The fall of 2000 was a time of innocence. Clinton was President. The Twin Towers were still standing. And Bob Seger still had his dignity. Then the Briefs burst onto the scene like a neutron bomb with the audaciously titled “Hit After Hit” and the punk rock landscape was changed forever.
Their ’77-style pop punk is loud, raucous and fierce, yet cohesive and hooky and hilarious. The Briefs are like a team of Chinese acrobats falling down the stairs on purpose. And when I say “pop” I mean popular in the broadest sense possible. The fifteen year-old mall hottie is a fan, but so is the 40 year-old stalwart with the pristine Undertones collection. Sure The Briefs wear their influences on their sleeve – Adverts, Buzzcocks, Weirdos to name just a few — but they cop to them like junkies caught tying off in the alley with a skinny tie. They can’t help it. It’s in their blood. Listen you’ll understand. The groove is familiar but they’ve got a sound that’s all their own and uniquely unique. Infectious? Once they get in your ear, there’s no getting them out. The Briefs are mother fucking nerve agents for a diseased life.
With their skinny ties, plastic sunglasses, matching bleach-blond dye jobs and bad haircuts, The Briefs take the stage like commandos of the New Wave, retro zombies from the Disco Inferno. Take a good look because once they start to play it’s all a blur. This is their secret. It’s not what they sound like or what they look like. It’s their energy. They’ll come to your town and electrify the place. It doesn’t matter if they go on first, last or in between. It doesn’t matter if it’s an all- ages gig, an outdoor music fest, or a shitty little dive bar deep in the heart of Wrongville. The Briefs are one of the hardest working bands in America. They’ll play any time, anywhere. They’ll pile out of the van and stun the crowd like rioters at a Republican convention.
They have so much energy, it’s hard to believe they’re from Seattle. The city that put lattes and flannel on the map. A place so dull it’s known for rain. The Briefs still make Seattle their home, but they’ve come a long way since their debut record, and they’re still cranking out hits. They’ve played the Wasted Festival in the UK, the Warped Tour in the USA, and a gang of shows in between. True to their “on tour for the indefinite future” motto, they’ve been back to Europe where they sold out the biggest tour they’ve booked so far across the UK, Germany, Italy, and France and have since been back on US soil and are on their second US tour in the last 8 monthes, this time with Pyschobilly sensations, The Horrorpops and will be appearing at select dates including the 2006 Bumbershoot festival in their hometown this summer and beyond.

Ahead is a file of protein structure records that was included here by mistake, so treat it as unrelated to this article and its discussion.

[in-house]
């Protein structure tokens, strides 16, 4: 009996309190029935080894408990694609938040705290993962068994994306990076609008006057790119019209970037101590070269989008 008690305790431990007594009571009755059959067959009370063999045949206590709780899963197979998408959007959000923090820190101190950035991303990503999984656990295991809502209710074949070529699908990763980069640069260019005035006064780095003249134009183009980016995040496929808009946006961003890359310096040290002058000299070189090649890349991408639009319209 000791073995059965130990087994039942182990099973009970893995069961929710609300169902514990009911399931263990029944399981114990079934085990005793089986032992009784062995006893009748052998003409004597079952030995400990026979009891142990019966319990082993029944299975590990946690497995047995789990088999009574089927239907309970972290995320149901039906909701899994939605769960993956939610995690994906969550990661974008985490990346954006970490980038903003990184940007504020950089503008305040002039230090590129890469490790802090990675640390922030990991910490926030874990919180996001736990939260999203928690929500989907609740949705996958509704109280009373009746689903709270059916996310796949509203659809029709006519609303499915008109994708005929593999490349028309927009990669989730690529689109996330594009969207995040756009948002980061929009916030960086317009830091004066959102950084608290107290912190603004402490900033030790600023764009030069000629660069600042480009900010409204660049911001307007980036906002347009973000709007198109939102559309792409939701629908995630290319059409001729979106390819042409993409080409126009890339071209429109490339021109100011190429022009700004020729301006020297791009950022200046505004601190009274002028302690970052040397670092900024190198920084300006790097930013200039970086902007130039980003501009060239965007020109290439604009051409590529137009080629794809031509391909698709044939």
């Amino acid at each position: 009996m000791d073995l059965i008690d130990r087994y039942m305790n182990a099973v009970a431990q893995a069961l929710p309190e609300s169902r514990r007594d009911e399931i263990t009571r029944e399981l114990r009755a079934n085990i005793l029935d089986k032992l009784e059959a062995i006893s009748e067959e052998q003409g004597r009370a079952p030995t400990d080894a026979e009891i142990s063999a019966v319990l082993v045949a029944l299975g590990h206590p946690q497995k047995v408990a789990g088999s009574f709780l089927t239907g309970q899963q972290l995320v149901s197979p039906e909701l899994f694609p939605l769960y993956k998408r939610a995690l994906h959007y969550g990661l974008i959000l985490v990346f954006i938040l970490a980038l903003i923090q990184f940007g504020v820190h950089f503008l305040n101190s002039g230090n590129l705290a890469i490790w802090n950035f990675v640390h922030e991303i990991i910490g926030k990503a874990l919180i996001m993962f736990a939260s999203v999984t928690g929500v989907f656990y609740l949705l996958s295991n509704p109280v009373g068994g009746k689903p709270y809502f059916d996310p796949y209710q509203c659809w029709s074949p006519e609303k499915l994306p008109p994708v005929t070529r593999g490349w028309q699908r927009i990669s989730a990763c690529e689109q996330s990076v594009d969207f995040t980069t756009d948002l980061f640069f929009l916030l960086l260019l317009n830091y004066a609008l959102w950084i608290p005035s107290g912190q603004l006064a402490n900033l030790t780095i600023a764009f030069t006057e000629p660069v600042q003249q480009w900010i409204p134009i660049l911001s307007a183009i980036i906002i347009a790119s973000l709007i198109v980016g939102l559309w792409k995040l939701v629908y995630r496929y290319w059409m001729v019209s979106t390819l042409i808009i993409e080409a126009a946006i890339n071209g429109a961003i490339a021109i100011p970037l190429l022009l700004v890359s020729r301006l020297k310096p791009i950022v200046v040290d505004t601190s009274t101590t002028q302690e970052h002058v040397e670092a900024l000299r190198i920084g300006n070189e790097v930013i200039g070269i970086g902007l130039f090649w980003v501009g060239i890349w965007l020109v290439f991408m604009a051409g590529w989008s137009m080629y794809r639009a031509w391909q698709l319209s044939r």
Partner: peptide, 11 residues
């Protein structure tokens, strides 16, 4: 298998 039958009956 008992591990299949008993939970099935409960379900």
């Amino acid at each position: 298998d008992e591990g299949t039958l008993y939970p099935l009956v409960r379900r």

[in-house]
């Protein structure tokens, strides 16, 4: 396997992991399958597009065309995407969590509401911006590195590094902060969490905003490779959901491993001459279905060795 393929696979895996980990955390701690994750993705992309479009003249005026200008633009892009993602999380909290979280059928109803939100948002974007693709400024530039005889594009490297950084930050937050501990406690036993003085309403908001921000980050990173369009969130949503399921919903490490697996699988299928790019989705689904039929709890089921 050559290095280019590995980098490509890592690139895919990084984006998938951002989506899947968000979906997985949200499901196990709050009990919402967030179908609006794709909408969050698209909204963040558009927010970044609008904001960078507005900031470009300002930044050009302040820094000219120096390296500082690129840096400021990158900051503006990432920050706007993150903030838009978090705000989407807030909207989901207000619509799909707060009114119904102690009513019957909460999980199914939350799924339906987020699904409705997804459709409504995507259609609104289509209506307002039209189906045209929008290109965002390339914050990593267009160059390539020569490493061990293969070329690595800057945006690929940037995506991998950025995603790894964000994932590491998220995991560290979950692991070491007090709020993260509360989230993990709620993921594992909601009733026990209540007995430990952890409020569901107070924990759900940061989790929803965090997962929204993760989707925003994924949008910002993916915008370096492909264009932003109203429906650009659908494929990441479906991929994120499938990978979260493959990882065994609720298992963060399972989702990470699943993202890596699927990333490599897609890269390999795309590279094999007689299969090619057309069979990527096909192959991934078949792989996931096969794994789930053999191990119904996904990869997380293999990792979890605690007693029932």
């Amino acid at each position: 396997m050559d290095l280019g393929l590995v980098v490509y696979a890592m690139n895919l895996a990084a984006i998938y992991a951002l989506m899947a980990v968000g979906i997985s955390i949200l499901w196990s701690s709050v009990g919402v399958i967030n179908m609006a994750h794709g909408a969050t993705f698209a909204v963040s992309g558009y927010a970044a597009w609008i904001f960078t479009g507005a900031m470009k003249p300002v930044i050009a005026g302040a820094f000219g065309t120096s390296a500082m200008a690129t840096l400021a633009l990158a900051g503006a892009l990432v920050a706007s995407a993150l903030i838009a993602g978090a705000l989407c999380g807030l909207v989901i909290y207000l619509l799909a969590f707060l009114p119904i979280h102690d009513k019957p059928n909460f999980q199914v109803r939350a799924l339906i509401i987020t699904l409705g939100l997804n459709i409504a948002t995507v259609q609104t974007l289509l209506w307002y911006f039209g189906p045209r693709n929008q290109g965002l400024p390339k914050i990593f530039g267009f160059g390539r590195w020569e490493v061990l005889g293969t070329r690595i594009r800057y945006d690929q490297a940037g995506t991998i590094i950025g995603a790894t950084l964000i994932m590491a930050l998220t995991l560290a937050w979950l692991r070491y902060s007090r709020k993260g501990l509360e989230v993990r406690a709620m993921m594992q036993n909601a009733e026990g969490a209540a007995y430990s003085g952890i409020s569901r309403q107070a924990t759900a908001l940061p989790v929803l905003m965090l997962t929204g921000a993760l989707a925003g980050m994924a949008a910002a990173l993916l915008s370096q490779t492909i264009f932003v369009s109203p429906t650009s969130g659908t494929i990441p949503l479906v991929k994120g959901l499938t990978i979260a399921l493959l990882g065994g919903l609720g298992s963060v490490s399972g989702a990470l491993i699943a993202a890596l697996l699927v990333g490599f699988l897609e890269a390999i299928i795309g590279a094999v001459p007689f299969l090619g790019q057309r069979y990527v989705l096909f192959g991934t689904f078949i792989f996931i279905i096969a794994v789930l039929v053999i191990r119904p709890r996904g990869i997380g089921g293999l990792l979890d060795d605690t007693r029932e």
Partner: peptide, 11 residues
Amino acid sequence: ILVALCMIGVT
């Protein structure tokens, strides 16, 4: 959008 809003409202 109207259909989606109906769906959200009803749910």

Years later they’re still poor and still weird but their fans are so much richer for the shitload of records they’ve put out along way. If you’re hungry for more history, BYO re-releasd “Hit After Hit” and “Off the Charts” so now you can listen to what you’ve been missing, but start with their newest record: “Steal Yer Heart.” It’s got 12 tracks of pure punk rock pandemonium. If their last record, “Sex Objects” was full of political mischief, an antidote for these tumultuous times, “Steal yer Heart” is a dysfunctional love song, a reflection of the challenges that come with spending half your life on the road.
There’s the anthem-ish “Criminal Youth,” the hilarious “Getting Hit on at the Bank,” and the blistering “Can’t Get Through.” And then there’s “I Can’t Work” a song so nerve-jangled and strange it feels like audio panic attack. Even the newest member, Stevie Kicks of the New Town Animals from Vancouver BC, puts in a turn at lead vocals with “Forty & Above.” Romance schmomance (fictional or otherwise). The Brief’s new record is a platter full of anti-love songs for anyone who has ever had a bad case of rotten love. Think of it as a soundtrack for tenderhearted hooligans and sweet-as-sin heartbreakers to break up by. Just give it a spin and you’ll come crawling back for more.
2007 brought even more changes to the quartet as the realities of such subject matters they’ve been lauded for writing about in their songs came around. Being “Poor and Weird” or knowing “I Can’t Work” were becoming obstacles in each of their personal lives. After long touring stints the previous year in support of “Steal Yer Heart”, the band returned to Seattle to regroup. Months later, the official “story” on what the status of the band remained a mystery until the announcement of a European tour with the Misfits in the UK and a full European tour for the fall of 2007. As a follow up to the delightful news that the band were indeed still active, the release of “The Greatest Story Ever Told”, a movie about the band was announced for the fall of 2007. As a bonus, a 2nd disc will include rare live recordings of some of the bands’ most popular hits. What the future holds for this band remains, to some degree, a mystery, but what is for certain is that 4 lps, countless singles, tours, and now, a DVD movie means that the band is most definitely here to stay.